Collins told the Mirror that he would “love to comment, but [since] this is an ongoing investigation, I’m advised not to make any comments at this time.”
This is how both Gabert and Thomas described how they felt after they found out about the alleged videos.
“It makes me feel completely worthless … What was worth something to me wasn’t worth something to you and that’s what hurts so bad,” Thomas said about the alleged exploitation of an intimate moment. “What was something so personal and private to me was a joke to you.”
They also felt like they were to blame.
“For me, it wasn’t even so much like this person did something wrong — I felt I did something wrong,” Gabert said, noting this is a huge reason why she didn’t tell her parents or report the incident right away. “I felt like doing sexual things with [the suspect] made me a whore and I was ashamed for it. Then I was so ashamed that everyone could see it and it was like proof, oh, I’m this whore.”
“Very much so,” Thomas agreed. She added the student she had a sexual encounter with also had a longtime girlfriend at the time, “so I felt even more like I had done something wrong and that I was some sort of major whore because even though I was single at the time, and he was the one in the relationship, I felt like it was still my fault and I had done something wrong.”
Peers would constantly harass the women around school by making crude noises or sexual hand gestures after the alleged videos were spread, the women agreed.
The alleged videos also circulated much further than a single group chat, the women told the Mirror.
When Thomas made it to the state wrestling meet in February 2016, people from other schools approached her and mentioned they saw the video — harassment that cast a shadow over her triumph of winning a state title, she said.
And no one stood up for them, they said.
“None of them came forward and stood up for me because all of them said ‘I don’t want to get involved, I don’t want to hurt his potential, I don’t want to take away his scholarship, he has so much potential so I don’t want to be the reason why,’” Gabert listed the reasons people denied her requests for help. “I remember the first person that said that to me, I was just like ‘Well what about my future, what about my life?’ And I think from then, that’s when it was like well [the suspect] is this amazing person and I am worthless and my life doesn’t matter.”
Both women said the feeling of worthlessness incited them to engage in self-harming behavior for the remainder of high school and into college. During her freshman year at Stanford University, Thomas attempted to end her life with pills in November 2017.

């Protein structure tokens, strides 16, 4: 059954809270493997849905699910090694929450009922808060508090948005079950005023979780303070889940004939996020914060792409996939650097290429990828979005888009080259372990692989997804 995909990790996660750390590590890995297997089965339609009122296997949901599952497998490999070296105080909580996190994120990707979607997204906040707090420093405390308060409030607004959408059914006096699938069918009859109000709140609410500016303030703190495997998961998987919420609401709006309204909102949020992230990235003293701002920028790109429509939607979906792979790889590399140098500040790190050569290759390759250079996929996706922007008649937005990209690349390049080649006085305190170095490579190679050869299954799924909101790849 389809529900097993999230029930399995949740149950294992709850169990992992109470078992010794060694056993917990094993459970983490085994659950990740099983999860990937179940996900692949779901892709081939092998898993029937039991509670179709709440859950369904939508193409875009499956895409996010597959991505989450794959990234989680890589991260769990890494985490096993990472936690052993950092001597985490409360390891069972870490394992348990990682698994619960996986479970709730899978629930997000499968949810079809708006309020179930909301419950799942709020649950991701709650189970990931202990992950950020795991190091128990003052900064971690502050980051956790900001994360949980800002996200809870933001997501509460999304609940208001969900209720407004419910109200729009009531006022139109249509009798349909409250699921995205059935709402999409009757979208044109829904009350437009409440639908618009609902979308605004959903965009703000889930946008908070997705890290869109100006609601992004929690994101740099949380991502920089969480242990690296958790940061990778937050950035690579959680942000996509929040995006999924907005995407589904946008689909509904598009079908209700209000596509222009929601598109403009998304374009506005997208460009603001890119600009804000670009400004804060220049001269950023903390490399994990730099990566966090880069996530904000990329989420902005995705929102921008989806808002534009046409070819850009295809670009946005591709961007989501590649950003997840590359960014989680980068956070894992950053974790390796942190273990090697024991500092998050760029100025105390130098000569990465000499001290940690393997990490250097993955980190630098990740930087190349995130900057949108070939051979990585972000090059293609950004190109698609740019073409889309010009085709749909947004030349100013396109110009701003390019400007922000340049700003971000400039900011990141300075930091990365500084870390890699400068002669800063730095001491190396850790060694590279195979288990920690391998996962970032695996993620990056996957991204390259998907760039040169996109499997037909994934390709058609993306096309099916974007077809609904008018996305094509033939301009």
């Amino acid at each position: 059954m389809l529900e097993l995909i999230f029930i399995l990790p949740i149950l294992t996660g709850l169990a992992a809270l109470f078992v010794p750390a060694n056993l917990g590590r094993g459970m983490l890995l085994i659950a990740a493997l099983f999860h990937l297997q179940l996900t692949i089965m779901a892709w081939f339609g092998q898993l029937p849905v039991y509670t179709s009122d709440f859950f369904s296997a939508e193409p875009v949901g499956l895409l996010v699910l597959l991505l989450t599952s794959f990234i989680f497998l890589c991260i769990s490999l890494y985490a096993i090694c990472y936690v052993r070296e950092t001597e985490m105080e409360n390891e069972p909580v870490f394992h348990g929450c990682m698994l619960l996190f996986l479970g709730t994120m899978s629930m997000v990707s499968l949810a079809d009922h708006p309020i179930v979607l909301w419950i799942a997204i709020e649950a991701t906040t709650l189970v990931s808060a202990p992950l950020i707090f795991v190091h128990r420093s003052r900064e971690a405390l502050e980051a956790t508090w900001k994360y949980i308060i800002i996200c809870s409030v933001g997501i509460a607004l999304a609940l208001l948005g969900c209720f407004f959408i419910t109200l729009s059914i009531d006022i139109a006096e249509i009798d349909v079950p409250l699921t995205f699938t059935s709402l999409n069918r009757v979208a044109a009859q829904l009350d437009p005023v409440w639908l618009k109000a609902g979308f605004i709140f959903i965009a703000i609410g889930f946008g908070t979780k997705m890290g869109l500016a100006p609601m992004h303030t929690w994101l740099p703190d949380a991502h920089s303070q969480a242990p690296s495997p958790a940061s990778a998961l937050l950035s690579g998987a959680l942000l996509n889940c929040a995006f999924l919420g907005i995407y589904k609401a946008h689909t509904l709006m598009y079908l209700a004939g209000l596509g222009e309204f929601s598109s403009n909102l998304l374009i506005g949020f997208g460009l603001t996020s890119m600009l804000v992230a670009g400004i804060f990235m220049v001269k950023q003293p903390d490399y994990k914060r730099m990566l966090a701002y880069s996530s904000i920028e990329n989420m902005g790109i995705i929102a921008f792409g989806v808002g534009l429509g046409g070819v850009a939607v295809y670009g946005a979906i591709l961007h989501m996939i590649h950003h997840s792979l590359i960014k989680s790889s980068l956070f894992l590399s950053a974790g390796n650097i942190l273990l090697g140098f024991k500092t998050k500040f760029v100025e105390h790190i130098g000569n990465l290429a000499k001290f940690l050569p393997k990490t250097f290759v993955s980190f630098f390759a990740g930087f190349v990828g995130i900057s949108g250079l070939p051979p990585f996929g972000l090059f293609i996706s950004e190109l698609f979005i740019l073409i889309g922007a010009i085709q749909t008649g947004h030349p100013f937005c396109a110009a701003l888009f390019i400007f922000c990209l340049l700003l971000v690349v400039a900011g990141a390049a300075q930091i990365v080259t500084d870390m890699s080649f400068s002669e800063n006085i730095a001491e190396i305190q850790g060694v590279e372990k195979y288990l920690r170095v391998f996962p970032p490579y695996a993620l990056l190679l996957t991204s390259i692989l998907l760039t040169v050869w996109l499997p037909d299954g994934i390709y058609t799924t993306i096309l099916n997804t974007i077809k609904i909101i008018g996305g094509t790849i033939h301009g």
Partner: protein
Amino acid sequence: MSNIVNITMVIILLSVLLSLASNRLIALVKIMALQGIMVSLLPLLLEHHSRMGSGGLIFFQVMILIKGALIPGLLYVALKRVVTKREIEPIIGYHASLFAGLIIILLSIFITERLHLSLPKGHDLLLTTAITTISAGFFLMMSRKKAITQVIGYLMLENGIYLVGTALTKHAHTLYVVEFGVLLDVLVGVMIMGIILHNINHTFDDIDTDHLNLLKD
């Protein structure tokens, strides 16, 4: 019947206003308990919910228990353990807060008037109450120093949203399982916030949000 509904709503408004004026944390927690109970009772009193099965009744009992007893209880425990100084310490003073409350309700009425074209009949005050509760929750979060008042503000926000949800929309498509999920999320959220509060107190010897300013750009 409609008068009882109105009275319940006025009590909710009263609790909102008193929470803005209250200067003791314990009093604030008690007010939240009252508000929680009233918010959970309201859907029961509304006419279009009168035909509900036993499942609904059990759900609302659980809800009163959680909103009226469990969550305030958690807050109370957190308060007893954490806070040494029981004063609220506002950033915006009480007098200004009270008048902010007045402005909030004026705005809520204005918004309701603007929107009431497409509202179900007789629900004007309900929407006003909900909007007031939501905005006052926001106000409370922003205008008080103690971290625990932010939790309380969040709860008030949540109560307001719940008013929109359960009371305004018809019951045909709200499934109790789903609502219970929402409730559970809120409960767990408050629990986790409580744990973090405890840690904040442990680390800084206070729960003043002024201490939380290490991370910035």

“I just kept thinking about the video, and I just kept thinking about the fact that guys don’t really care about me,” Thomas recalled.
Gabert, who played soccer at Tacoma Community College and got a bad concussion in October, told her parents she needed mental help with her depression, anxiety and eating disorder. She received mental health treatment at an in-patient program, and during a gap in treatment she attempted suicide twice in March and April 2017.
“It just felt like nobody would notice if I was here or not,” Gabert said, noting that before she began treatment she found out that the Federal Way Police Department couldn’t move forward with the case, which made her feel like even the police “failed” her.
According to Federal Way police, the detective was unable to establish probable cause to support the women’s allegations and closed the case in 2016. Police reopened the case on Oct. 18 after police spoke with “cooperating witnesses,” Commander Kurt Schwan previously told the Mirror.
‘Every system failed these women’
Neither woman reported the case immediately in fear of the repercussion it may have on teachers, peers and the community, Gabert and Thomas told the Mirror.
“It speaks of Tally and I, of putting other people before ourselves,” Gabert said, her voice breaking as tears came to her eyes.
She turned to Thomas and said, “You didn’t want to want to hurt the teachers, even though you [were] a minor and they were in the wrong. They shouldn’t have done that. You were protecting them and they weren’t protecting you.”
In a world where a multitude of procedures are in place to prevent this type of incident, every system failed these women, said their attorney Mell.
“You were the ones being the adults and trying to navigate this universe of systems that most people don’t understand even as adults,” Mell said. “Here you guys are being adults trying to stand up for yourselves and your voices are sort of being shuffled off to the side.